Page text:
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Therapies for a number of chronic diseases such as multiple sclerosis, Crohn’s disease, and rheumatoid arthritis are only effective in a subset of “responders” in the population, and biomarkers that accurately assess a priori whether a given patient will be a responder are often not available. In such cases, the main way to evaluate the efficacy of a disease modifying therapy (DMT) is by initiating treatment and then continuously monitoring the patient through self-reported surveys, periodic check-ups, or more in-depth scans and evaluations.

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Interruptions are common in the workplace. From equipment breakdowns to unscheduled meetings and communication requests, unplanned breaks from a smooth and continuous production often trigger losses in work hours and reductions in productivity. Nowadays, with firms adopting modern organizational and communication technologies such as open-plan offices, e-mail, and instant messaging, managing interruptions has become increasingly important and challenging for businesses and their workers.

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In the last few years, businesses are increasingly using online labor marketplaces to contract with freelancers. Consequently, these marketplaces are growing at an unprecedented rate, as seen in the explosion of freelancers in the US and around the world. By 2020, it is estimated that a full 40% of the workforce in US will be made up of freelancers.

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Multitasking is a common practice to increase the output in the workplace. When there exist idle times during the execution of a task, multitasking (i.e., switching between different tasks) helps employees better utilize their work times and improve their productivity in terms of throughput. Yet, in recent years, many service firms have come to realize that the productivity of an employee is much more than his/her mere “throughput”. Quality of outcome and end-user satisfaction are equally important performance metrics that can be affected by, but rarely studied from the lens of multitasking. Despite the abundance of anecdotal evidence, there has not been systematic research that questioned whether customers get bothered by multitasking employees in a service environment and if so, how sensitive they are to such actions.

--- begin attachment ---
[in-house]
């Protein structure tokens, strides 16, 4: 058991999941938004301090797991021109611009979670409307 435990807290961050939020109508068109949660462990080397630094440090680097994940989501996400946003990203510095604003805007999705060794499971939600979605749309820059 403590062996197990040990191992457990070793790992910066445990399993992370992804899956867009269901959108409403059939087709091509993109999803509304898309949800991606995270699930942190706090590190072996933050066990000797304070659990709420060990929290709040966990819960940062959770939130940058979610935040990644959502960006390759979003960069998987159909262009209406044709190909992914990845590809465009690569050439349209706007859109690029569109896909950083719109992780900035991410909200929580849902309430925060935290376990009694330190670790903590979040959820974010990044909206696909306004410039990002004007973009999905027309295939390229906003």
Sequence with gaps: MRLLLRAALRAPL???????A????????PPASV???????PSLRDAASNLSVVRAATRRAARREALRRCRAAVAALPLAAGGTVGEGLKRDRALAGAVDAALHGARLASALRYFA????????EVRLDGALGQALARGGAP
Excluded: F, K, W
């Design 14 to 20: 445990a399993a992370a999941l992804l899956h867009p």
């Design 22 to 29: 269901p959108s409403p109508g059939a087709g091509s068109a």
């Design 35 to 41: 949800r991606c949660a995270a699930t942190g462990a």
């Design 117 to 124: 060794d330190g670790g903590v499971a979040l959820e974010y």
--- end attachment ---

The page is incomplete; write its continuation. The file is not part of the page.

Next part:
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Fast rising health care costs continues to be one of the important policy issues that has major societal costs in the United States. Electronic Health Record (EHR) adoption is considered as a policy tool to reduce health care costs while simultaneously improving the quality of care; and EHRs are being promoted with substantial public subsidies. The underlying belief behind these policies is that EHR adoption would lower the health care costs and improve the quality of care via improving clinical decisions and care coordination, and reducing medical errors, unnecessary re-admissions, and over-testing. However, EHR systems are also expensive to acquire, implement and maintain, and several hospitals that adopted EHR systems have experienced an increase in their operating costs.